Politics

A North Carolina Senate committee has recommended a conservative member for the state commission that hears worker’s compensation claims, a placement that critics say would make a majority of the board more likely to side with businesses.

In a 20-minute hearing Wednesday afternoon, the Senate Commerce Committee recommended Charlton Allen to the state Industrial Commission, a six-member board that is similar to a court and makes decisions when workers file compensation claims against their employers and on the state’s eugenics compensation fund.

Senate Leader Phil Berger takes an impromptu meeting with Moral Monday protesters.
Reema Khrais

Monday night, 15 Moral Monday protesters sat in front of Senate Leader Phil Berger’s door.  Berger wasn't in his office, so the protesters sat there until the Senate session ended. Soon, State Capitol Police began to usher everyone out. They said that the building was closing, everyone had to leave. Reporter Dave DeWitt was with the protesters. He wrote about what happened next this way:

Host Frank Stasio and NC Budget Director Art Pope
Anita Rao / WUNC

In 2012, Governor Pat McCrory selected Art Pope to serve as the state’s budget director.

Pope has a long history in North Carolina politics and government. The attorney and businessman served in the legislature before launching several charitable organizations and think tanks centered on libertarian principles.

Sociologist Stephen Vaisey
Stephen Vaisey

For a million dollars, would you: 

  • Throw a tomato at a politician? 
  • Kick a dog in the head?
  • Sign away your soul?

Sociologist Stephen Vaisey asked these questions and more in the first stage of his project, Measuring Morality, which seeks to understand moral beliefs and moral divides. The study also followed teenagers for more than a decade to monitor the development of morality in young adults.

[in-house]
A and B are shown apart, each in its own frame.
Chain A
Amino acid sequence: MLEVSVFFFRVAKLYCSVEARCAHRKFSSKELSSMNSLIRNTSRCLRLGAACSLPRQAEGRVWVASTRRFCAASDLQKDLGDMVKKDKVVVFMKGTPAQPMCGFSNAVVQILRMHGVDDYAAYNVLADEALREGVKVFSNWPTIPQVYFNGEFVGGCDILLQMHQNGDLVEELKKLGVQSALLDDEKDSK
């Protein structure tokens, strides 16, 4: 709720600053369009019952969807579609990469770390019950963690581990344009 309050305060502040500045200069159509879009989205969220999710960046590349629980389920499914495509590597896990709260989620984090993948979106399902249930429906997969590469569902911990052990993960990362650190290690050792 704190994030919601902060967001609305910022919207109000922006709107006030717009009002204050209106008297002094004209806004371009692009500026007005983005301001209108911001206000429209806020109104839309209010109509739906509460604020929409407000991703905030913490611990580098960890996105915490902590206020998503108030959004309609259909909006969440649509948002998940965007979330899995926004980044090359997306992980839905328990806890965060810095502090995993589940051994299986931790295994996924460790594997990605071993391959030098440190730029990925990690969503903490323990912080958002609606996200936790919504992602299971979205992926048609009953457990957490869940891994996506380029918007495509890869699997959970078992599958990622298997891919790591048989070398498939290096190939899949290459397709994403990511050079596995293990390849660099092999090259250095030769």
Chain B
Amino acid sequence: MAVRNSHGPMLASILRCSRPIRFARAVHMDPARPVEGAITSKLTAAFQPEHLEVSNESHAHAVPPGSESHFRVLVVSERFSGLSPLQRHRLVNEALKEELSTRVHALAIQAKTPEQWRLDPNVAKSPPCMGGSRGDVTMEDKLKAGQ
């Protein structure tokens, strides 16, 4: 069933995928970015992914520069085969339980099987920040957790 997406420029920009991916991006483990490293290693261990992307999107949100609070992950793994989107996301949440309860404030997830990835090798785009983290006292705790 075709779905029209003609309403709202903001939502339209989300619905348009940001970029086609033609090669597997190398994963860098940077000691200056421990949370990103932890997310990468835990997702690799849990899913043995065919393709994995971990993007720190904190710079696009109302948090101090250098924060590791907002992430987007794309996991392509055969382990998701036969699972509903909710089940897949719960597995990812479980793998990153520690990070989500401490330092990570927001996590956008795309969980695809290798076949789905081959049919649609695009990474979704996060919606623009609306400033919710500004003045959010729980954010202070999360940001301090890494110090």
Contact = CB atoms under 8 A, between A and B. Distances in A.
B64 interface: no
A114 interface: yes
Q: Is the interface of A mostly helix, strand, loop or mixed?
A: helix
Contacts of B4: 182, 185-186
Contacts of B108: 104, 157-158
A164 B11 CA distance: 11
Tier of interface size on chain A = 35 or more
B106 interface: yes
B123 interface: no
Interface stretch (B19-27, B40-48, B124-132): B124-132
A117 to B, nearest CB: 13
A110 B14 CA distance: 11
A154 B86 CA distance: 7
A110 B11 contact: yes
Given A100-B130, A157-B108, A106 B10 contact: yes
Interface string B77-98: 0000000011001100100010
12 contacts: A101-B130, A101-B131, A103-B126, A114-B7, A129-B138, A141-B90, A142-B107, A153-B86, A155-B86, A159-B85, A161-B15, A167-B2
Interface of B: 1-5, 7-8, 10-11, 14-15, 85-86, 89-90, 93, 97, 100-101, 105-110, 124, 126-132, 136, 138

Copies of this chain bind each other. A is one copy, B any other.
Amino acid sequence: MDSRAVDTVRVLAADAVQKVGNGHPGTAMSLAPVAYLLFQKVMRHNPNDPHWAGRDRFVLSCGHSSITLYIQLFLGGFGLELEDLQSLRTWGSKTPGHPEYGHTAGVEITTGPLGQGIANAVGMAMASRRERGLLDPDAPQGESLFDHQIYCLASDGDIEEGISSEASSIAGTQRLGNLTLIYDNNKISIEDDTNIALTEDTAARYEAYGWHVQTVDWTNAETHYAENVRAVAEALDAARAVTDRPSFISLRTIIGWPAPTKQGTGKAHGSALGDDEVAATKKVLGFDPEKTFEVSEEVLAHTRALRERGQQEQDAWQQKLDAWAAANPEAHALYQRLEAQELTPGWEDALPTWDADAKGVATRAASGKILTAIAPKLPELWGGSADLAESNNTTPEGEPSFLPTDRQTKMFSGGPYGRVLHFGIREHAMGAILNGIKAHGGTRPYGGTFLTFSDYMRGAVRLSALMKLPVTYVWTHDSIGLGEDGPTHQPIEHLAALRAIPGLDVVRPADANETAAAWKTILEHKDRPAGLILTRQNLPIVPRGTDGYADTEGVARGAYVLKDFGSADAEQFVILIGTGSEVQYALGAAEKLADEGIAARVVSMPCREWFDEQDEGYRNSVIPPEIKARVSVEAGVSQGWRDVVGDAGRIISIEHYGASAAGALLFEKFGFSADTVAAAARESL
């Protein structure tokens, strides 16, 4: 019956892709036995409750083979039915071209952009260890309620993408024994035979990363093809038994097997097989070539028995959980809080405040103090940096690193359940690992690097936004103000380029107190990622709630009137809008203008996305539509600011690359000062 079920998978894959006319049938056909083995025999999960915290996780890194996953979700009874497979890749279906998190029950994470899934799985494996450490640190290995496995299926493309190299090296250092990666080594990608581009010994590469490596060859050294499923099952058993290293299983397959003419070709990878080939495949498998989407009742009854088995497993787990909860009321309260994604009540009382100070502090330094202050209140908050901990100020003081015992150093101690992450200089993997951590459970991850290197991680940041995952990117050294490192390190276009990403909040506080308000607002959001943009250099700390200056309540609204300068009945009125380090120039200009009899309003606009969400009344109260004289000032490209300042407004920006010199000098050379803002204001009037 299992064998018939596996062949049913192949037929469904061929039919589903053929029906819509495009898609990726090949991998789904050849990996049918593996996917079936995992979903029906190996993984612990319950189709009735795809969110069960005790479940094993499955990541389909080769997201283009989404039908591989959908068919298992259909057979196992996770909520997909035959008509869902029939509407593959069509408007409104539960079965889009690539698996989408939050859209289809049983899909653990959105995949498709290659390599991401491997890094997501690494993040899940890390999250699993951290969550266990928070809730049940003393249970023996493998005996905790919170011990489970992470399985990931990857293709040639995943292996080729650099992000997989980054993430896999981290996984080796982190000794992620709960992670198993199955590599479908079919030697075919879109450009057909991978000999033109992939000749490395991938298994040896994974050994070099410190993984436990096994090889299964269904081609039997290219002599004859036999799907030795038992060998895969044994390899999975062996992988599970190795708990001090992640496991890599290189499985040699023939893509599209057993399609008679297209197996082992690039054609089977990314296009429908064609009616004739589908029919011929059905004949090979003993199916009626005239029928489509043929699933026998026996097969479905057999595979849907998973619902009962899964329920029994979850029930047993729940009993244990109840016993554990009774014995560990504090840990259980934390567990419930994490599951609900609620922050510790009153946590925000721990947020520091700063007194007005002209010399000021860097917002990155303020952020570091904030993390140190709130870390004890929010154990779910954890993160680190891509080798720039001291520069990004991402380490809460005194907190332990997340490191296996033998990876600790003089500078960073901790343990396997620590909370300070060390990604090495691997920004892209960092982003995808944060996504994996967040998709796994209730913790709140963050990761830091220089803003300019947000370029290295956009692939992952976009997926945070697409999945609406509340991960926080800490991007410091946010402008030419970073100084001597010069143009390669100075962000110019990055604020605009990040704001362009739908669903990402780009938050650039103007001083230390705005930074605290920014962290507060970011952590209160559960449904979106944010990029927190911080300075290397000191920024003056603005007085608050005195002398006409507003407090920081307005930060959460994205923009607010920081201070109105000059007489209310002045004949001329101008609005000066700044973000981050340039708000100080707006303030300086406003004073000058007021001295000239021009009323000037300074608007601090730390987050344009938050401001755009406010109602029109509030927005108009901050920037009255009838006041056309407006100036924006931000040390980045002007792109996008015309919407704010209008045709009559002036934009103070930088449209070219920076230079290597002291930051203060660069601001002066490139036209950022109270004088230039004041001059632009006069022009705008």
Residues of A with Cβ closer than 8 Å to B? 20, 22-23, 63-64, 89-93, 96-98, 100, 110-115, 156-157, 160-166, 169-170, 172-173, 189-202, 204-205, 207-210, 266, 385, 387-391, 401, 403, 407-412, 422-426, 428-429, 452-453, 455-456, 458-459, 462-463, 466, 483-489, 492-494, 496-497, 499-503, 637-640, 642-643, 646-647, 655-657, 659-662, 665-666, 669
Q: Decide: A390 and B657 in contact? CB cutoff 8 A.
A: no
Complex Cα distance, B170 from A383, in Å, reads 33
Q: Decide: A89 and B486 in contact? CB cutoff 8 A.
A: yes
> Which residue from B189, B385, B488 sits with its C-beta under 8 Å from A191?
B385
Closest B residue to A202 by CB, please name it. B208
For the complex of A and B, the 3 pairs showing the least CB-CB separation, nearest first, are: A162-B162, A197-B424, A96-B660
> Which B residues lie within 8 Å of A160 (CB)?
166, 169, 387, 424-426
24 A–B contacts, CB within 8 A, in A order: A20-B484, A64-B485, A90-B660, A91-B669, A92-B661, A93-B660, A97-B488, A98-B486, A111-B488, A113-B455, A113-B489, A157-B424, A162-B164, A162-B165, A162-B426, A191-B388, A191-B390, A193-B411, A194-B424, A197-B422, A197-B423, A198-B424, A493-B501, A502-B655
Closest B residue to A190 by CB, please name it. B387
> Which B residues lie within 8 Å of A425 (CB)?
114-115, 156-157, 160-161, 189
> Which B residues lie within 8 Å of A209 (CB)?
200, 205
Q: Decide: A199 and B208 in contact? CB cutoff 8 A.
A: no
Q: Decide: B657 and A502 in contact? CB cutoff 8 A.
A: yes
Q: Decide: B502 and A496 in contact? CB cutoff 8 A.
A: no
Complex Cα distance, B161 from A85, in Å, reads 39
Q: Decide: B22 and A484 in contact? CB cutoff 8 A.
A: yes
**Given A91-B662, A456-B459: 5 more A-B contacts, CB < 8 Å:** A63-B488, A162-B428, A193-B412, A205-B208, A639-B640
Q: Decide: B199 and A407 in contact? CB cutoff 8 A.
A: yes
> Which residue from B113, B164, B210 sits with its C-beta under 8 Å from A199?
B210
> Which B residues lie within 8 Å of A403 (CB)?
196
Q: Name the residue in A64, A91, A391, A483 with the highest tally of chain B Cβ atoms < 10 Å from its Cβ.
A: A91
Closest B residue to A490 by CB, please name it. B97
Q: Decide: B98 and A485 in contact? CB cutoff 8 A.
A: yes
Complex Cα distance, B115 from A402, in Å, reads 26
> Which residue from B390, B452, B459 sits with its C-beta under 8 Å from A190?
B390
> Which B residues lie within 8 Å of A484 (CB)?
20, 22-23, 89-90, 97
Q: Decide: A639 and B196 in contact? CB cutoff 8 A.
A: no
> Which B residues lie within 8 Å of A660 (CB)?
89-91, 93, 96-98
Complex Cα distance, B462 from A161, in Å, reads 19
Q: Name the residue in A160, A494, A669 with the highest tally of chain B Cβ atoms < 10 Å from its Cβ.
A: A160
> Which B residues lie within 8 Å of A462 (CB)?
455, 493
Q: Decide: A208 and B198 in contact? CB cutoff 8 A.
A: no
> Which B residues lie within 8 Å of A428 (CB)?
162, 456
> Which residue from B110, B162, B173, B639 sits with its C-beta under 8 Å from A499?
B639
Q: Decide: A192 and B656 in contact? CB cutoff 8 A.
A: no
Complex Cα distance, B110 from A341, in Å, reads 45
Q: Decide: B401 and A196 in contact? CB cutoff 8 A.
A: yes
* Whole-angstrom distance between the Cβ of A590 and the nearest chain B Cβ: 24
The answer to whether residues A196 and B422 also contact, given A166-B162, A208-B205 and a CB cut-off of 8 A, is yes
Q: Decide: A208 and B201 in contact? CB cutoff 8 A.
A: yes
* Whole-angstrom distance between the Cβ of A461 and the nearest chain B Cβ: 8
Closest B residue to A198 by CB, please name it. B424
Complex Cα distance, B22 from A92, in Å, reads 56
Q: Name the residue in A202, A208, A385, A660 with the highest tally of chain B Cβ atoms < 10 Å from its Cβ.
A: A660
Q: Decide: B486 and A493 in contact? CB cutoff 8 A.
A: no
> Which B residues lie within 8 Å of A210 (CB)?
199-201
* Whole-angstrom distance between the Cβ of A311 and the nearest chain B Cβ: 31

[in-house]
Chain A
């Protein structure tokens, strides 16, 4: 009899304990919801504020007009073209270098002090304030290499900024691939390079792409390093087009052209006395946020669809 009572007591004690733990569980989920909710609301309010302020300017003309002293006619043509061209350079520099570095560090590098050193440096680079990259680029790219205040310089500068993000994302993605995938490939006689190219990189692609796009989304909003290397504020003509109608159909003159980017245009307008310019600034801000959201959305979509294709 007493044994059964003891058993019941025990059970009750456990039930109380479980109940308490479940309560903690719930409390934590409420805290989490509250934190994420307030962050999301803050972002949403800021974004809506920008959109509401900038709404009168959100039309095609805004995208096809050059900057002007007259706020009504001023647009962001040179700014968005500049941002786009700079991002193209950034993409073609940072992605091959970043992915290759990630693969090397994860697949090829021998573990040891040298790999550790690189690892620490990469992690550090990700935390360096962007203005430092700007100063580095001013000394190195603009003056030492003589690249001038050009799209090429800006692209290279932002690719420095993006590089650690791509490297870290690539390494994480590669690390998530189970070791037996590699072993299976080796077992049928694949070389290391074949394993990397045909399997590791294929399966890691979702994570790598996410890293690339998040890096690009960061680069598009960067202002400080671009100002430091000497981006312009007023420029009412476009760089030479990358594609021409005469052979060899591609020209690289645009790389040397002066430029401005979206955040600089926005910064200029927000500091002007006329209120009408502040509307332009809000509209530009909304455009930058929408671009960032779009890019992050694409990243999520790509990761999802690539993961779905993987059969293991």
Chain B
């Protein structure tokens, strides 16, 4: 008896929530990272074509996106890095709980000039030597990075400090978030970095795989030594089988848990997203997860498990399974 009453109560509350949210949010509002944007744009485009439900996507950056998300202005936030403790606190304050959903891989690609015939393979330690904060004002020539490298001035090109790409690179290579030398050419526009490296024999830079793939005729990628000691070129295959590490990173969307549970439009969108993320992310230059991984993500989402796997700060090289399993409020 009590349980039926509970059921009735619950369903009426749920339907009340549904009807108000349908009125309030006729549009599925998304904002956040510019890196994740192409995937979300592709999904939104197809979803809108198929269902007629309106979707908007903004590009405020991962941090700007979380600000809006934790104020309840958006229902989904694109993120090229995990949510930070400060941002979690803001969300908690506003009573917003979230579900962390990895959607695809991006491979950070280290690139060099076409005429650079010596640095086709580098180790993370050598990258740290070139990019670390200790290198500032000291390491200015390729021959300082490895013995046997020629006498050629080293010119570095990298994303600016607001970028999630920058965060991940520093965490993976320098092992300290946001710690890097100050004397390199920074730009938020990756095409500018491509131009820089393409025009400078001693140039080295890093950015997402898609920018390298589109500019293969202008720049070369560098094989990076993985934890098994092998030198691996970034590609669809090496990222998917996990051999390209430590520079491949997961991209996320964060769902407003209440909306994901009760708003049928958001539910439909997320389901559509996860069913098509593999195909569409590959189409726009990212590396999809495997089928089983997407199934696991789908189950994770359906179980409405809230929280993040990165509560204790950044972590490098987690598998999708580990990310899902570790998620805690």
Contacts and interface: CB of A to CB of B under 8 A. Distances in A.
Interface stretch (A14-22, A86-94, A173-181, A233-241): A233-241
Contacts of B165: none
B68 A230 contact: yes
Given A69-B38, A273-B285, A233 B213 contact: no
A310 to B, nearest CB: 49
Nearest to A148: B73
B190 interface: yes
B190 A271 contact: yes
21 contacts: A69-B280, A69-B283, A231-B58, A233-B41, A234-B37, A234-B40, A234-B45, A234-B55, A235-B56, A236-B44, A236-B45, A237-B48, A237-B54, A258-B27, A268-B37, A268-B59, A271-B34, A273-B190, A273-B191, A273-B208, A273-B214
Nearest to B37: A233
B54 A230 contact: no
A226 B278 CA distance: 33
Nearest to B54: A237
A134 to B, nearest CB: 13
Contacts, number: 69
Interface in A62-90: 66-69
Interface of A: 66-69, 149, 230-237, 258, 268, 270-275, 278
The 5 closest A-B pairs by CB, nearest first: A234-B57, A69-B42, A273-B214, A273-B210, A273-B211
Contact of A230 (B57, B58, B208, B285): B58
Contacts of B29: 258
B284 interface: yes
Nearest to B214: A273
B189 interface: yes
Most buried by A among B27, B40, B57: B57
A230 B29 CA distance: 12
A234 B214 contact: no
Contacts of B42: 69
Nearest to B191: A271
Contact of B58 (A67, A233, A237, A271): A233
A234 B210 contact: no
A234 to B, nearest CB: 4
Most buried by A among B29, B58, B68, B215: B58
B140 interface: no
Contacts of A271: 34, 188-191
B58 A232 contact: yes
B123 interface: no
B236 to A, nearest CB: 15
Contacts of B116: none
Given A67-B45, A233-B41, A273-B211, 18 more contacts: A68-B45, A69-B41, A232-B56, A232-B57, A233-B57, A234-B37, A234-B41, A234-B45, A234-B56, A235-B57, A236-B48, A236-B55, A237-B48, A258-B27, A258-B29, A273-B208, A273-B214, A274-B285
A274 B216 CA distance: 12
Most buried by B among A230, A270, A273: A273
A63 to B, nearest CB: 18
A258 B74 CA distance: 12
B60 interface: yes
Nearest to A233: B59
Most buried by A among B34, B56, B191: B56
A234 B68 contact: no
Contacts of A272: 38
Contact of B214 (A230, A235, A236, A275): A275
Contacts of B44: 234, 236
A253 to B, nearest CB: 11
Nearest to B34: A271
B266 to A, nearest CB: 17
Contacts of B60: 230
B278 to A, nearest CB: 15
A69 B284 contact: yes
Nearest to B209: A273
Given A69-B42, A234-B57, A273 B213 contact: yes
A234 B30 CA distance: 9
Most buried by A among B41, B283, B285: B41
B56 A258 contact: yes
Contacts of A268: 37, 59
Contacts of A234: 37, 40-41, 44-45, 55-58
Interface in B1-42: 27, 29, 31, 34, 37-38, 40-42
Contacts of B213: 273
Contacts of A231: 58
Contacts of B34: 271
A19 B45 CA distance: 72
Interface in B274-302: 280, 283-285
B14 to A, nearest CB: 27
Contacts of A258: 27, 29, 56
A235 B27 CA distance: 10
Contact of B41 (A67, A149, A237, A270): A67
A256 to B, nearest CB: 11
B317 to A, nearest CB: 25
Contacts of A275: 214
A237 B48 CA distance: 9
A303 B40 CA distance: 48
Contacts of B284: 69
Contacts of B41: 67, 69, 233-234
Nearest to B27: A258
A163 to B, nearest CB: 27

North Carolina Legislative building
NC General Assembly

  Moral Monday protests resume as the General Assembly's short session continues. Protestors visit individual lawmakers today to lobby for Medicaid expansion, unemployment insurance and education reform. Last week, the North Carolina Senate approved a fracking bill and tentatively approved a regulatory overhaul. Both pieces of legislation may face challenges in the House. 

Former Brazilian Soccer Player Pelé is shirtless and being hoisted up by fans after the 1970 world cup on Cover of Fútbol! Why Soccer Matters in Latin America
http://upf.com/ / University Press of Florida

  

Sports say a lot about a city, state, or nation. Joshua Nadel’s new book explores the place of soccer in Latin America, and how it's influenced national identity in a post-colonial world. Nadel is the author of “Fútbol!: Why Soccer Matters in Latin America” (University Press of Florida; 2014) and a professor of Latin American and Caribbean History at North Carolina Central University. 

Thom Tillis speaking
http://thomtillis.com/

  

North Carolina's primary elections were a big deal both in and out of the state this year. National organizations and outside groups spent a lot on some of the state’s contests. We will sit down with a roundtable of experts to discuss the primary election results. 

Photos: Eric Levinson, Jeanette Doran, Robin Hudson
Campaign photos

Two experienced judges won the right to run for North Carolina’s Supreme Court on Tuesday night.

Incumbent Justice Robin Hudson got 43 percent of the vote and Superior Court Judge Eric Levinson got 37 percent to Raleigh attorney Jeanette Doran's 21 percent, according to the State Board of Elections.

Judicial races are usually sedate, but this one is getting attention because out-of-state funders spent more than half a million dollars in negative advertising against Hudson.

At least four North Carolina lawmakers were unseated in Tuesday night’s primary elections.

Representative Robert Brawley, a Republican from Mooresville, was defeated by a business owner and political newcomer. Last year, Brawley publicly criticized state House Speaker Thom Tillis and his bid for the GOP nomination for senate.

Brawley was connected to the Tea Party while his opponent John Fraley describes himself as a business conservative.

Photos: Eric Levinson, Jeanette Doran, Robin Hudson
Campaign photos

North Carolina’s U.S. Senate race isn’t the only one attracting lots of campaign money ahead of Tuesday’s primary.

Incumbent Supreme Court Justice Robin Hudson is facing two challengers. She also faces more than a half-million dollars in negative advertisements from out-of-state funders.

Some say money is changing the non-partisan tone of court races in North Carolina. In this race, people are talking about one particular television ad that concludes with:  

“Justice Robin Hudson. Not tough on child molesters. Not fair to victims.”

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